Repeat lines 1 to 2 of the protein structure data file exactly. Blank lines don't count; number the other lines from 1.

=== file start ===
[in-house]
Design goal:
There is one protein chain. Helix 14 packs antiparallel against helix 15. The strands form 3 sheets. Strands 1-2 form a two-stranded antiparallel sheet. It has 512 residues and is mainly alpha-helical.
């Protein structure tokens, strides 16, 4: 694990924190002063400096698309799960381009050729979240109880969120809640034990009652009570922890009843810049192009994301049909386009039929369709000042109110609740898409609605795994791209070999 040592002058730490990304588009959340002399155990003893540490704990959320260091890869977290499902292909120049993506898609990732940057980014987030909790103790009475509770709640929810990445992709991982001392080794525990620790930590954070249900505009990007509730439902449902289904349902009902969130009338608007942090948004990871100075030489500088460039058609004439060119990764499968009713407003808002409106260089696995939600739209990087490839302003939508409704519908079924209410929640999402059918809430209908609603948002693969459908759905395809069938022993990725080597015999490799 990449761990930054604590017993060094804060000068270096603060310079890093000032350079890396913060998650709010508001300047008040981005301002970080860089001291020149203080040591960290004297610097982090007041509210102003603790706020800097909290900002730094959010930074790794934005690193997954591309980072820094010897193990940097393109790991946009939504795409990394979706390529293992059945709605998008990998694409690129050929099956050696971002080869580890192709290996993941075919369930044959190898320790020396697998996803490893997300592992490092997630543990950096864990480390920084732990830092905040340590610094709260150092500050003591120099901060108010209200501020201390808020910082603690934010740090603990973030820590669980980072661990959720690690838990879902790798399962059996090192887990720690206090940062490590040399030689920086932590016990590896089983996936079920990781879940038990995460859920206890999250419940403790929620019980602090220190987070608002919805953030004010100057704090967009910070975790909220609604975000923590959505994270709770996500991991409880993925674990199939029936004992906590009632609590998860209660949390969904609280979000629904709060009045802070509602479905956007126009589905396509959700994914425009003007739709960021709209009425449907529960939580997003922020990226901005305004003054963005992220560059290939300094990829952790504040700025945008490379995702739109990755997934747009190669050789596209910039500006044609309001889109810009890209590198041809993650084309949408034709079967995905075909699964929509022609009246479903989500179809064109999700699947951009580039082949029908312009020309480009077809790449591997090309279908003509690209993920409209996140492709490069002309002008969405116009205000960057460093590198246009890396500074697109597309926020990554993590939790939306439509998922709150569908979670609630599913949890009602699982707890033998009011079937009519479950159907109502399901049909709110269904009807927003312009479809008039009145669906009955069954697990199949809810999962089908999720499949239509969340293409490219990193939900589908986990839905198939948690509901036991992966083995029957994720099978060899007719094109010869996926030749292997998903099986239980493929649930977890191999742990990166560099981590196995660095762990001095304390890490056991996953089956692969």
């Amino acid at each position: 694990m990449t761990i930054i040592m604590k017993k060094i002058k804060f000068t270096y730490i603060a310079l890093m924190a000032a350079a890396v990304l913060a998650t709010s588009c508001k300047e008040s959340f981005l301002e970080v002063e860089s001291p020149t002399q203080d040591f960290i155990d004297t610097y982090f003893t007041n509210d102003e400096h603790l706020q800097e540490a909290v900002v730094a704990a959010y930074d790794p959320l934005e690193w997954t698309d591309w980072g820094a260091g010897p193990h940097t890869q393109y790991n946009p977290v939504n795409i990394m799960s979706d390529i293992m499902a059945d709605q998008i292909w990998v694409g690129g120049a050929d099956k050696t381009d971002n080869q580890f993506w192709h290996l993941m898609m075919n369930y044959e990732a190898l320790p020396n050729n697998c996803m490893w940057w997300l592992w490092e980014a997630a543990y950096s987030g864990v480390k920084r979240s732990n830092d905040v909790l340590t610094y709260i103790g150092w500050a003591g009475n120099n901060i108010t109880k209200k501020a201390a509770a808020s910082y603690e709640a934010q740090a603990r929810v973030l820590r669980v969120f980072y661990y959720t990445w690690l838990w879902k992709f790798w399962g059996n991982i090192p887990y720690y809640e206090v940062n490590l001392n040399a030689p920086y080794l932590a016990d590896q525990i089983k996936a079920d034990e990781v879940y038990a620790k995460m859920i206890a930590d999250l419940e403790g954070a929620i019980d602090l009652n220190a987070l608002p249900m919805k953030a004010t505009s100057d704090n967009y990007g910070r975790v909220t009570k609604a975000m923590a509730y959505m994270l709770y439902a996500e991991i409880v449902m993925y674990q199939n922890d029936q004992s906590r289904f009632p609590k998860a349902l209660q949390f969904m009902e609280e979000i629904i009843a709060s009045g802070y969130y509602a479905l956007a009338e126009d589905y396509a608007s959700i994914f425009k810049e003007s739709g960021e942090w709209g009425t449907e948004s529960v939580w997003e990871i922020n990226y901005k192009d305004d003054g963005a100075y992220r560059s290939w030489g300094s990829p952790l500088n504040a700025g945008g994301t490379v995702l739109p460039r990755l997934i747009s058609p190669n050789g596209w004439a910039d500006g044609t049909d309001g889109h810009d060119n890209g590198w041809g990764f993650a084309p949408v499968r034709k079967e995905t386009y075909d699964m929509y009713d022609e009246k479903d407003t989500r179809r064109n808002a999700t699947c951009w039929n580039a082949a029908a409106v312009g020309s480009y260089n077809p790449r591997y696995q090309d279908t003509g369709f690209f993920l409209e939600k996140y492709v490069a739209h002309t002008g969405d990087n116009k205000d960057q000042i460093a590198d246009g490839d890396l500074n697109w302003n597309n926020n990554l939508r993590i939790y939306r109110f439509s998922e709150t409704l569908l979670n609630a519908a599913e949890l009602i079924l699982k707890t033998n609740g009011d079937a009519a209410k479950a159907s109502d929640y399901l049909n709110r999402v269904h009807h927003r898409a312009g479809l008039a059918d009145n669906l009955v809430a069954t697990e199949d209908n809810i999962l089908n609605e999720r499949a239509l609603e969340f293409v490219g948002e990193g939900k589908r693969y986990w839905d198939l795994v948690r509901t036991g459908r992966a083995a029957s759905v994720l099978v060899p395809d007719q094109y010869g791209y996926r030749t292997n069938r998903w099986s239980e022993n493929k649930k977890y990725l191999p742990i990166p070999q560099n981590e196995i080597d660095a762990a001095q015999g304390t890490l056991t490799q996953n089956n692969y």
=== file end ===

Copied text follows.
[in-house]
Design goal: